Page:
Research Presentations (session 4 of 5) - Nakaya, Zhang and Zhang

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Philippines Conference Room
Encina Hall, Third Floor, Central, C330
616 Jane Stanford Way, Stanford, CA 94305

The format of this presentation is each of the three speakers will have approximately 15 minutes to present their research.  This will be followed by a short period of 5-10 minutes for any questions or comments from the audience.

 

In this session of the Corporate Affiliates Research Presentations, the following will be presented:

 

Daisuke Nakaya, Japan Air Self Defense Force, "Japan's Future Direction of Its Defense Program and the Strengthening of Japan-U.S. Alliance In Order to Deter Conflict" 

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Since the conclusion of the Japan-U.S. security treaty in 1960, Japan and the U.S. have built a robust alliance based on common value and interests and Japan has maintained its peace and security, centered on the Security Arrangement with the United States. On the other hand, security challenges and destabilizing factors in the Asia-Pacific region are becoming more serious. There has been a tendency towards an increase in and prolongation of so-called “gray-zone” situations, that is, neither pure peacetime nor contingencies, over territory, sovereignty, and maritime economic interests. In his research, Nakaya focuses on Japan’s ability to effectively deter conflict in this situation and shares insights on the future of Japan’s Defense Program and its effort to strength the Japan-U.S. alliance.

 

Shaofeng Zhang, PetroChina, "Risk Analysis on Project Finance for the Cross-border Infrastructure"

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Large infrastructures have huge influence on economic increase, social development and cultural development. With the increase of global integration, more and more cross-border large infrastructures have been developed, are under construction or planning to be constructed to enhance the regional corporations.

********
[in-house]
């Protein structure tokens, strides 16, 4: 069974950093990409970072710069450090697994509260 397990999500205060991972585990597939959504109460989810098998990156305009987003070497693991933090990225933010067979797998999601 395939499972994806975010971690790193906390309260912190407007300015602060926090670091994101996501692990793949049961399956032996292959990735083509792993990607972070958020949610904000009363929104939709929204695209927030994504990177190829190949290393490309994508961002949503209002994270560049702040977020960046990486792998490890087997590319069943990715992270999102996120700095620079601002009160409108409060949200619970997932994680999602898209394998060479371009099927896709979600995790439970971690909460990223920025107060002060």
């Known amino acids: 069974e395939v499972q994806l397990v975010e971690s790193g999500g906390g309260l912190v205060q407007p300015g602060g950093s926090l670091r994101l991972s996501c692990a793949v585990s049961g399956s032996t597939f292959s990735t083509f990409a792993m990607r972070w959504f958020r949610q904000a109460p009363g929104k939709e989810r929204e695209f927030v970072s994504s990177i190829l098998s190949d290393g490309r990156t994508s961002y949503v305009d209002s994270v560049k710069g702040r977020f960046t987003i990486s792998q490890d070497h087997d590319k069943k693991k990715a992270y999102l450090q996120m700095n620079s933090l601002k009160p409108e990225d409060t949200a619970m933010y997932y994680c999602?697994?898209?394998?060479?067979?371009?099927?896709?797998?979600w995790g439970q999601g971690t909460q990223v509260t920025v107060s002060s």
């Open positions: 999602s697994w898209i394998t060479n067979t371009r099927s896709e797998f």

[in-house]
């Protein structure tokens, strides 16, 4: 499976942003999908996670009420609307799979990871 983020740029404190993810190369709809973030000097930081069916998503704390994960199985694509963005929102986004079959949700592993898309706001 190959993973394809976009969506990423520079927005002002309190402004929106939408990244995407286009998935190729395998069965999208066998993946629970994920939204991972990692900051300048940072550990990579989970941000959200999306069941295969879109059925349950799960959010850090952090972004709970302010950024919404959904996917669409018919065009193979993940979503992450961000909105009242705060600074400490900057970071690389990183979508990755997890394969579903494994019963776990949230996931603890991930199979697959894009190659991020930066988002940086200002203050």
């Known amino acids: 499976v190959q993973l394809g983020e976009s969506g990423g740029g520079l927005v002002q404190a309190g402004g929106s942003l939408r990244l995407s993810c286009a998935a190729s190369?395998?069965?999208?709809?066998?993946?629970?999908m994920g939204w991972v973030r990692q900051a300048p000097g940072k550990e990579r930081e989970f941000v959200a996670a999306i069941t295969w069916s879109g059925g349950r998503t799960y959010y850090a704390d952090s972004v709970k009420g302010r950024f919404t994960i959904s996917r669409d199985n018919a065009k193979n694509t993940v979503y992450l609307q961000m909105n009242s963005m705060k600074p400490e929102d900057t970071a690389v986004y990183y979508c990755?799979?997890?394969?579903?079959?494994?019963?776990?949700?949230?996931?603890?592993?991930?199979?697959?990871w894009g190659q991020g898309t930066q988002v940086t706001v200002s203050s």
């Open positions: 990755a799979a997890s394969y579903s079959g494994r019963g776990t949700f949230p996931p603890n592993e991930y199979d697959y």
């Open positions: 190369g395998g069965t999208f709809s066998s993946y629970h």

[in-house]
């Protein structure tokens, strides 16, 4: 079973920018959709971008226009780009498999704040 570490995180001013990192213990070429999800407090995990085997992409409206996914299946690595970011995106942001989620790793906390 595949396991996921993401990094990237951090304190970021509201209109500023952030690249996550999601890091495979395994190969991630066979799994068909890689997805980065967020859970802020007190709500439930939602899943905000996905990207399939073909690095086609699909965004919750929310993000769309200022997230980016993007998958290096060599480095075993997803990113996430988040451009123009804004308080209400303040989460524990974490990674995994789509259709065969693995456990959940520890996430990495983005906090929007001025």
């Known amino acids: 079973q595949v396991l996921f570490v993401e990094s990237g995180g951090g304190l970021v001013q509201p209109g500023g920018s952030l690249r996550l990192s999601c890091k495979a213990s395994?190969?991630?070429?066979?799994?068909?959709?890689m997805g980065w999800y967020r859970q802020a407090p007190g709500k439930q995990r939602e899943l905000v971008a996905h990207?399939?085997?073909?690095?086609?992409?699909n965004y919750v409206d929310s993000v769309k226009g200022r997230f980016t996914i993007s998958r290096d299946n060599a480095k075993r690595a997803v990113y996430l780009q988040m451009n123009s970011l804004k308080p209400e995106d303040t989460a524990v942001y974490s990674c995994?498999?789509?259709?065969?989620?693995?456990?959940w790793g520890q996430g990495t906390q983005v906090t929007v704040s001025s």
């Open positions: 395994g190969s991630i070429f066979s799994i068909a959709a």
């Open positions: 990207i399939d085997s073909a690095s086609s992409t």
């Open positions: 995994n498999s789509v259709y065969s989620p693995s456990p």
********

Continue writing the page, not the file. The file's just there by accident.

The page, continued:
Project finance is the most frequently used way to finance large infrastructures, especially cross-border infrastructures, and risk is connected with every part. Risk analysis helps all parties involved to clarify the principles of risk allocation – allowing a reasonable amount of control on the whole. Therefore, these large cross-border infrastructures can be financed, constructed and operated smoothly to achieve their economic, social and cultural goals. In his research, Zhang shares how to analyze risks linked to the projects on the whole, the relationship between those risks, and how those risks can be best allocated to relevant parties and appropriately managed.

 

Xuan Zhang, Beijing Shanghe Shiji Investment Company,  "Future Education in China"

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Improvement science is a disciplined approach to educational innovation that supports teachers, leaders, and researchers in collaborating to solve specific problems of practice. It brings discipline and methods to different logics of innovation by integrating the following – problem analysis, user of research, development of solutions, measurement of processes and outcomes, and rapid refinement through plan-do-study-act cycles. For teachers, school leaders and system leaders, improvement science moves educational innovation out of the realm of “fad” and into the realm of research-based, evidence-driven continuous improvement with the goal of increasing the effectiveness and educational practice. Improvement science is explicitly designed to accelerate learning-by-doing and is a more user-centered and problem-centered approach to the future of education. Zhang will share a case study of how improvement science influences the future education innovation. In his presentation, Zhang focuses on networked improvement communities (NICs) which has been demonstrated to be the most benefitcial approach in improvement science.

 

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